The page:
This is a movie that should be seen. The simplicity with which Garcia handles the explanation of how we can come to the aid of our own soil is wonderful. If each of us takes responsibility for a handful of dirt, we will have enormous movement. The movie gives us another chance to know our food from the ground up.
Top photo: John Reganold in a scene from “Symphony of the Soil.” Credit: Courtesy of Lily Films
This Sunday morning, we filled our farmers market baskets with fragrant heirloom melons, the tastiest of the dozens of varieties of plums and pluots on offer and piles of fresh greens, lugging home a rough balance of fruits and vegetables.
Scientists might identify our fruits according to which produce started out as a flower. Sweetness, however, is the distinction that makes a difference to us.
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The perfect accompaniment to the season’s intoxicating abundance is Yung Chang’s film “The Fruit Hunters,” a love letter to the world’s rarest, most delicious fruits and the people obsessed with finding and eating them, which is being released on DVD and digital on July 16.
Chang calls his cast of sweet freaks “fruities” and they are manic about the taste of their favorite fruits. “There is a need to grow the fruit, to cultivate the fruit, not just to taste it,” he says. “There is an explorative, adventuresome sensibility. They want to discover the origin of the fruit they love.”
Don’t call them “foodies,” says Chang. Fruities only love to eat fruit.
Inspired by his friend Adam Leith Gollner’s 2008 nonfiction book “The Fruit Hunters,” Chang spent two years following fruit obsessed scientists, anthropologists and conservationists around the world in search of nature’s sweetest treats.
Noris Ledesma and Richard Campbell lead an Indiana Jones-like quest for rare mangoes in Bali and Borneo as they race to preserve disappearing varieties. Honduran scientist Juan Aguilar struggles to breed a banana capable of resisting a devastating fungus threatening the world’s banana crop. And in the hills of Umbria, Italy, Isabella Dalla Ragione researches Renaissance-era paintings for clues to where she might find the remaining examples of ancient cultivars.
As Gollner writes in his book, “These denizens of the fruit underworld are as special as the flora they pursue.” Largely hidden from the public eye, “they have devoted themselves to the quest for fruit.”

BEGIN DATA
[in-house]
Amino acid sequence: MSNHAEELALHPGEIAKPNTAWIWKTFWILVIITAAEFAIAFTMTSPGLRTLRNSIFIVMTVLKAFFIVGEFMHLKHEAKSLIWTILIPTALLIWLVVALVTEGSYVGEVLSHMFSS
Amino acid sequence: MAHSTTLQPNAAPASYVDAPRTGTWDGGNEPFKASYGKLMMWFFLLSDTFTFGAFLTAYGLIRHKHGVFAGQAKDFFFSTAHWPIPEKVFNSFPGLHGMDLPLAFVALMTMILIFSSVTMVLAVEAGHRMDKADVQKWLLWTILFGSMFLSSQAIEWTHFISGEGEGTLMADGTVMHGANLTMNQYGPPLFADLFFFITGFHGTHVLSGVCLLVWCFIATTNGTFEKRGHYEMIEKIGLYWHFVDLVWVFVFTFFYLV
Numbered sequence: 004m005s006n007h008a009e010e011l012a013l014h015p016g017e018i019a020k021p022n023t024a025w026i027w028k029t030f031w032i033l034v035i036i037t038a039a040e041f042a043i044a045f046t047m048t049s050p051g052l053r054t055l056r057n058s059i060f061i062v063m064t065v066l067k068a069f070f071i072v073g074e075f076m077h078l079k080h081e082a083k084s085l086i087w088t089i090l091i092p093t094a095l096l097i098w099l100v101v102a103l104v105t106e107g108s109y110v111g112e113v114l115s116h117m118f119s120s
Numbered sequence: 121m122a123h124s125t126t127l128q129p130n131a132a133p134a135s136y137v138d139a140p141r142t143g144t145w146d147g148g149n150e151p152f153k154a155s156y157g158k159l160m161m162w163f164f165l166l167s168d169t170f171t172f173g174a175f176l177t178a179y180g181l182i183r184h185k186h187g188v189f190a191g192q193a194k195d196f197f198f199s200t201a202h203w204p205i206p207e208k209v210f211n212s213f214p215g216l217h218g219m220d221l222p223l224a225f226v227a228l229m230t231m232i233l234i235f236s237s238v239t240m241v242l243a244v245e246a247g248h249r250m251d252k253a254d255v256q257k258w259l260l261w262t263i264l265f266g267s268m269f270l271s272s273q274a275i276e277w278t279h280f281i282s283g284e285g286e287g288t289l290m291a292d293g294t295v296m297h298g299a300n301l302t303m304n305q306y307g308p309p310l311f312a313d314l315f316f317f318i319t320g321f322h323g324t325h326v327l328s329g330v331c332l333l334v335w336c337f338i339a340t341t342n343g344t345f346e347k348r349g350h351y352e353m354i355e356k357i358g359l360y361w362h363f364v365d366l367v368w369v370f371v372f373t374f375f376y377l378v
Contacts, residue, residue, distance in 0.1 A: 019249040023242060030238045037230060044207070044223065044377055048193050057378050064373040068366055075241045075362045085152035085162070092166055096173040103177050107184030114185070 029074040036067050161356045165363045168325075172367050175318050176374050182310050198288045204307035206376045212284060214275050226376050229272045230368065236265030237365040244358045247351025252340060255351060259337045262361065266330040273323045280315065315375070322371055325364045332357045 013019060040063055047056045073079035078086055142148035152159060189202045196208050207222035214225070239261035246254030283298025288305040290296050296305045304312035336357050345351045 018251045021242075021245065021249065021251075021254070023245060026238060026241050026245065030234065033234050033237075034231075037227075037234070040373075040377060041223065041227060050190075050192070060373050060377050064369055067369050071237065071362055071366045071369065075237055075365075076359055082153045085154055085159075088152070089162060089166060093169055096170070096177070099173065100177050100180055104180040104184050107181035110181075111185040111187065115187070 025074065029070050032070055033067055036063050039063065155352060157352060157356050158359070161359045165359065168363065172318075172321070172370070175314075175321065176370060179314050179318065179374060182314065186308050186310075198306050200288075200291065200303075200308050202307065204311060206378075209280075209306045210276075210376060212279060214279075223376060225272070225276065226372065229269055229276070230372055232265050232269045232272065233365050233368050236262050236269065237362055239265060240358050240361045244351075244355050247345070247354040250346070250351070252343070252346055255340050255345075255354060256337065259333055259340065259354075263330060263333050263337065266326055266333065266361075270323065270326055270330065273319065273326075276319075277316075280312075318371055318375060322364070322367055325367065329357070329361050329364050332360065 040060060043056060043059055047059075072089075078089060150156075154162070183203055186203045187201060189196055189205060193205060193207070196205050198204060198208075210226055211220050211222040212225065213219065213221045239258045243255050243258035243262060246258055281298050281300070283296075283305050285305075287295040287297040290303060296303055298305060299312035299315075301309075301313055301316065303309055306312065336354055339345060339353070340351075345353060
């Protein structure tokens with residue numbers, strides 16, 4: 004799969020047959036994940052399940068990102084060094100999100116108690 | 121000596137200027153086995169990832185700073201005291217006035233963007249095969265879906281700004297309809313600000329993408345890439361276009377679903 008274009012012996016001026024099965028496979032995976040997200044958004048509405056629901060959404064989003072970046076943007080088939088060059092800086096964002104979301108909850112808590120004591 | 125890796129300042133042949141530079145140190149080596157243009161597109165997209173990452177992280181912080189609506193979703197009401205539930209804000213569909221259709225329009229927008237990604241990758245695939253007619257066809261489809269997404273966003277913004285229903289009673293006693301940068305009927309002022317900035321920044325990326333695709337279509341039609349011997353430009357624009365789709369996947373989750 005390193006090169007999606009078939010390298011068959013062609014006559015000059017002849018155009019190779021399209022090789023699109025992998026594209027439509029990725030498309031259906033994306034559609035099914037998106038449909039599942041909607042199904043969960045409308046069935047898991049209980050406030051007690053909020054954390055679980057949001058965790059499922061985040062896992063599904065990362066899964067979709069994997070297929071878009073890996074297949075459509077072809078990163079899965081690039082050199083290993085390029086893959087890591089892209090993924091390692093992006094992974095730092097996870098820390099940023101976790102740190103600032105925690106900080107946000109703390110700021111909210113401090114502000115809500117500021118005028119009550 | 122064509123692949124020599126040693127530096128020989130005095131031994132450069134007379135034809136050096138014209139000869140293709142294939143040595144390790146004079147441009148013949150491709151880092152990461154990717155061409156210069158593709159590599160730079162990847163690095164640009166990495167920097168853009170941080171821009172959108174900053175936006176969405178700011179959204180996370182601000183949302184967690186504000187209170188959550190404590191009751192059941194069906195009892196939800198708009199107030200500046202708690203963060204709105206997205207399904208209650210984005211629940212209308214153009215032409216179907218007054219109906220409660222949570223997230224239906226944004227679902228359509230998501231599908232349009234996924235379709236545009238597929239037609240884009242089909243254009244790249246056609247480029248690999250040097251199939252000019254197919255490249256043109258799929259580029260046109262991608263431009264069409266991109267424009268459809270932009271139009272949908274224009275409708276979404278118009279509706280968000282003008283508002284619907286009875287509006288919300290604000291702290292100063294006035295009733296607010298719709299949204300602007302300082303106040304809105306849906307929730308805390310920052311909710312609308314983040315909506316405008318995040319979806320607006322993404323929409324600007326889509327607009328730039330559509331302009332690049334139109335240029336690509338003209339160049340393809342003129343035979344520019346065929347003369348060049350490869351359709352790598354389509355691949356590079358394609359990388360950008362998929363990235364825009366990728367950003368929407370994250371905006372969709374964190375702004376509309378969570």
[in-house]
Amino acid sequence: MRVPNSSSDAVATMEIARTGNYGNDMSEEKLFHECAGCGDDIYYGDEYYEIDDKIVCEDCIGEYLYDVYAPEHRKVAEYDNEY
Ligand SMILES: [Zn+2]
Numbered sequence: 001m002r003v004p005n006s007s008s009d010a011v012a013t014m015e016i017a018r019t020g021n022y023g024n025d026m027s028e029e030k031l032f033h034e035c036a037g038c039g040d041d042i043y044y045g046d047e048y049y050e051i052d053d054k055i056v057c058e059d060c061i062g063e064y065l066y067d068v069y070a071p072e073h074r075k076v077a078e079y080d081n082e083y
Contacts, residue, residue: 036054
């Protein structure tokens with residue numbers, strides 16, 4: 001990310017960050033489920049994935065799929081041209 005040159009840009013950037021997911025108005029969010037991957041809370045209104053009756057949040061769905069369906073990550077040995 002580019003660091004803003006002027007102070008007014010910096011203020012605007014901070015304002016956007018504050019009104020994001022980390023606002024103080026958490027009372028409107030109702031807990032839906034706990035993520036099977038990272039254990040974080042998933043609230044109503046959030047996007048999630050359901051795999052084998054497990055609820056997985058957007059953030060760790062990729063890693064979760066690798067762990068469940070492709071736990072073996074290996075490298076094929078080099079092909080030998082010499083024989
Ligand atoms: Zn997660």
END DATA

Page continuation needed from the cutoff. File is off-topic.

The passion is understandable, he writes. “Fruit is inherently erotic. After all, every time we eat a fruit, we engage in a reproductive act.”
Food porn for the smart set
“I’ve lived for the last 20 years for each day off when I can learn more about fruit,” Bill Pullman told the crowd at a Santa Monica screening of “The Fruit Hunters” earlier this summer. The star of Chang’s film, Pullman is a fruit tourist traveling to tropical fruit hot spots to meet his fruit heroes and learn their secrets, slurping and moaning over each local delicacy he discovers along the way.
At home, the actor is a fruit community organizer, leading his Hollywood Hills neighbors in a quixotic quest to turn abandoned land near their homes into a community orchard. He spreads the gospel of fruit through communal fruit harvests, known as gleanings, and homey canning parties.
There is urgency to the effort, Pullman explains. Industrial farming has taken a toll on fruit diversity. The race is on to save what is left.
Fruities believe a special bond connects fruits and humans, says Chang. Fruits nourish us and, through the act of consuming it, we ensure the future of that fruit species by dispersing its seeds.
“It is a love affair gone awry,” he says. “We need to reconnect with what it means to be a fruit hunter. These people we meet [in the film], these fruit hunters, take us through the world to rediscover our innate connection with fruit.”
As Gollner writes, “To love a diversity that, as limitless as it is fragile, both haunts us and fills us with hope.”
‘Fruit Hunters’ unearths an inner-fruit fanatic
“My connection to fruit was nostalgic,” says Chang. The people, not the fruit, drew him to the project. Several months into filming, he realized things had changed.
“At the beginning, I was very focused as a filmmaker, looking through the lens, so to speak. But people were always handing me fruit to eat. You can’t deny it. You have to taste it,” Chang says. The revelations “became overwhelming. Everywhere. Every second. Someone would have, for instance, a freshly fallen durian fruit [a spiky skinned Southeast Asian fruit with creamy almond flavored pulp] in the backyard of a grandmother’s home and at that moment that would be my favorite fruit.
“Then we’d be at a nursery in Hawaii and I’d be presented with a Burmese grape. It looks like it is in the lychee family. You open the shell, and inside is this semi-translucent pearl with swirls of pink. It tastes like Bubblicious gum.”
The tart, sweet blue Haskap berry that grows in arctic climates and has three times the antioxidant value of blueberries will be the next fruit craze, predicts Chang.
You don’t have to be a fruitie to enjoy “The Fruit Hunters.” The film is playful and joyous, a feast for the mind and the senses.
“When you watch this much food porn, you’ll want to eat fruit,” cautions Pullman. “Would you have come to a movie about vegetables?”